As many employers well know, it is customary to include non-disparagement and confidentiality provisions in severance agreements that prohibit departing employees from (i) making disparaging, critical, or otherwise detrimental comments concerning the employer and (ii) disclosing information concerning the substance, terms, or existence of the severance agreement and/or the discussions or negotiations relating to the severance agreement. A recent decision from the National Labor Relations Board (“Board”), however, makes clear that overly broad non-disparagement and confidentiality provisions run afoul of private sector employees’ rights under the National Labor Relations Act (“NLRA”). In light of the Board’s recent decision, private sector employers are well-advised to review their existing non-disparagement and confidentiality restrictions in their severance agreements to ensure compliance with the NLRA. 

A Precedent-Altering Decision from the Board

In the case – McLaren Macomb, 372 NLRB No. 58 (2023) – the employer offered severance agreements to 11 permanently furloughed employees. In addition to releasing claims against the employer, the severance agreements contained broad non-disparagement and confidentiality provisions. The non-disparagement provision restricted employees from making statements to the employer’s employees or to the general public “which could disparage or harm the image of the [e]mployer….” The confidentiality restriction prohibited employees from disclosing the terms of the severance agreement to any third party, other than the employee’s spouse or professional advisor, or unless compelled to do so by law. In exchange for signing the severance agreement, employees were offered monetary consideration.

In its analysis, the Board considered whether these two provisions ran afoul of an employees’ rights under Section 7 of the NLRA, which protects employees’ rights to engage in “concerted activities for the purpose of… mutual aid or protection…,” including the right to discuss the terms and conditions of employment. Section 7 of the NLRA also protects current and former employees’ rights to “improve their lot as employees through channels outside the immediate employee-employer relationship” by communicating with third parties on a range of issues impacting the employment relationship. Against this backdrop, and analyzing the plain language of the non-disparagement and confidentiality provisions referenced above, the Board held that each provision had a reasonable tendency to interfere with, restrain, or coerce employees’ Section 7 rights and, therefore, was unlawful.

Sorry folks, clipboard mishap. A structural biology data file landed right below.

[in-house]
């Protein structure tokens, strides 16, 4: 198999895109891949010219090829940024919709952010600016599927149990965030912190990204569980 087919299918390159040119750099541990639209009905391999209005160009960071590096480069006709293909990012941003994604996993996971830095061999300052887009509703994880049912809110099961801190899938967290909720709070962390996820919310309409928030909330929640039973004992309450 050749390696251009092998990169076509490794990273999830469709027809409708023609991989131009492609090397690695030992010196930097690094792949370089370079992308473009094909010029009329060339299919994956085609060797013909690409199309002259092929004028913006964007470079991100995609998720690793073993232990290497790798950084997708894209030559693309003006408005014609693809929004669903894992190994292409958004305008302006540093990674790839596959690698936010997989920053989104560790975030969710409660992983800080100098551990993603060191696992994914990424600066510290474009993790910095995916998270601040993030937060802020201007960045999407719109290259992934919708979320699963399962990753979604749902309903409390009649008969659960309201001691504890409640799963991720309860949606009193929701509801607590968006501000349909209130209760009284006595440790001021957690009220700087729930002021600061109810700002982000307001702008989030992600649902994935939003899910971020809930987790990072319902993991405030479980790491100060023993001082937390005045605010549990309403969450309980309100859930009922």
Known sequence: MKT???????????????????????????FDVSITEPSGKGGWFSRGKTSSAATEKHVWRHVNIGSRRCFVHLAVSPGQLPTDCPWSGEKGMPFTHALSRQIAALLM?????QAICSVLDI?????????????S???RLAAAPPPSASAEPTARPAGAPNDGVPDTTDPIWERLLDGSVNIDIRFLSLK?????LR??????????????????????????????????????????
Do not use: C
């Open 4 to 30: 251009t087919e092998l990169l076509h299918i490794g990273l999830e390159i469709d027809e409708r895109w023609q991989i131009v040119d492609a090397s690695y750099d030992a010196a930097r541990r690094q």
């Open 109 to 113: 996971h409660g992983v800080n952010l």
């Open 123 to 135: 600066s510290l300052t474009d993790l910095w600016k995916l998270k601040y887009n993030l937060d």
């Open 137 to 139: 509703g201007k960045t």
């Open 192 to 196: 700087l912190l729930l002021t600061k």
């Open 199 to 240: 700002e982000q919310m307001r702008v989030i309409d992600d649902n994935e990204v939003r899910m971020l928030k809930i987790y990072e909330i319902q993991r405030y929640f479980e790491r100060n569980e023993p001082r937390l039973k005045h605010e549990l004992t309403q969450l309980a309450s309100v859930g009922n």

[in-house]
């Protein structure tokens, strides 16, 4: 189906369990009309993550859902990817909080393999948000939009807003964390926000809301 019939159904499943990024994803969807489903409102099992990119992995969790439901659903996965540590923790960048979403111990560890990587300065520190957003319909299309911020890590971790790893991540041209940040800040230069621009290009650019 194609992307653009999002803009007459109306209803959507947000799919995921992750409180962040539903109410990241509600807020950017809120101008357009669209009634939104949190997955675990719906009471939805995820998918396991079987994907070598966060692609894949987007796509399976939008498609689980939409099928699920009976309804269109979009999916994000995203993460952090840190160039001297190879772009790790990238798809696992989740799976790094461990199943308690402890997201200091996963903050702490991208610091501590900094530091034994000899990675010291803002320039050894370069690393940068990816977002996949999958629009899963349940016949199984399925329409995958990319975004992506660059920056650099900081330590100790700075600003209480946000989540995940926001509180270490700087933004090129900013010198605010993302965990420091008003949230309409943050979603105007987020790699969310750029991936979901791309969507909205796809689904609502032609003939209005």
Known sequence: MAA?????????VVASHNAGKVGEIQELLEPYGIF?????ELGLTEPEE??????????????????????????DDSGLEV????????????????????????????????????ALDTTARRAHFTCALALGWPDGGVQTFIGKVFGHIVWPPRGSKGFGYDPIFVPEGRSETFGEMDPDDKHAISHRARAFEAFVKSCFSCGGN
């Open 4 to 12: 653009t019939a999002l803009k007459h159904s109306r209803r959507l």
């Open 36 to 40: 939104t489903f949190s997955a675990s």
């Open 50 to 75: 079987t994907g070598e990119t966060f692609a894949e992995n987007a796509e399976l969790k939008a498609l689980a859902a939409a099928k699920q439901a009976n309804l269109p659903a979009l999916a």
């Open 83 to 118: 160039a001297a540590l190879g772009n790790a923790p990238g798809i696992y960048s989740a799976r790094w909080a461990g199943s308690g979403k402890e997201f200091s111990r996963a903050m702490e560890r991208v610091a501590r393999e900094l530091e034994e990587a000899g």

The Board’s General Counsel Issues Guidance on McLaren Macomb

After receiving many inquiries to her office, the Board’s General Counsel recently issued a memorandum with guidance on the scope and effect of the McLaren Macomb decision, a copy of which can be found here. Although the memorandum does not carry the force of law, it does provide significant insight into how the Board might handle a case asserting Section 7 violations due to overbroad severance agreement provisions. Some of the more salient points from the General Counsel’s memorandum are as follows:

  • The decision does not outlaw severance agreements; rather, the decision restricts employers from utilizing overly broad provisions in severance agreements that have an adverse impact on employees’ rights to engage in concerted activity protected by Section 7 of the NLRA.
  • Even if an employee does not sign a severance agreement containing an overbroad restriction, an employer violates the NLRA merely by proffering a severance agreement containing overbroad non-disparagement and/or confidentiality provisions.  
  •  Except under limited circumstances, supervisory employees generally fall outside the scope of the Board’s decision.
  • If confronted with a severance agreement containing overbroad provisions, the Board is not likely to move to strike the entire severance agreement. Rather, the Board would likely seek to have the unlawful provisions severed.  
  • The decision has retroactive application and applies to overbroad provisions currently existing as part of severance agreements. Thus, if, for example, an employer entered into a severance agreement in June 2022, and tried to enforce an overbroad confidentiality clause in April 2023, such action would be unlawful. 

What Should Employers Do Now?

In light of McLaren Macomb, employers should review their non-disparagement and confidentiality provisions in severance agreements to ensure compliance with the Board’s decision. In addition, for situations in which an employer suspects a former employee of violating a non-disparagement or confidentiality provision in a severance agreement that pre-dates McLaren Macomb, we recommend that the employer seek advice of legal counsel prior to initiating any action to enforce the non-disparagement and/or confidentiality provisions.  

Should you have any questions concerning the McLaren Macomb decision or would like assistance reviewing and/or revising your current severance agreement model, please contact any member of the Labor & Employment Group.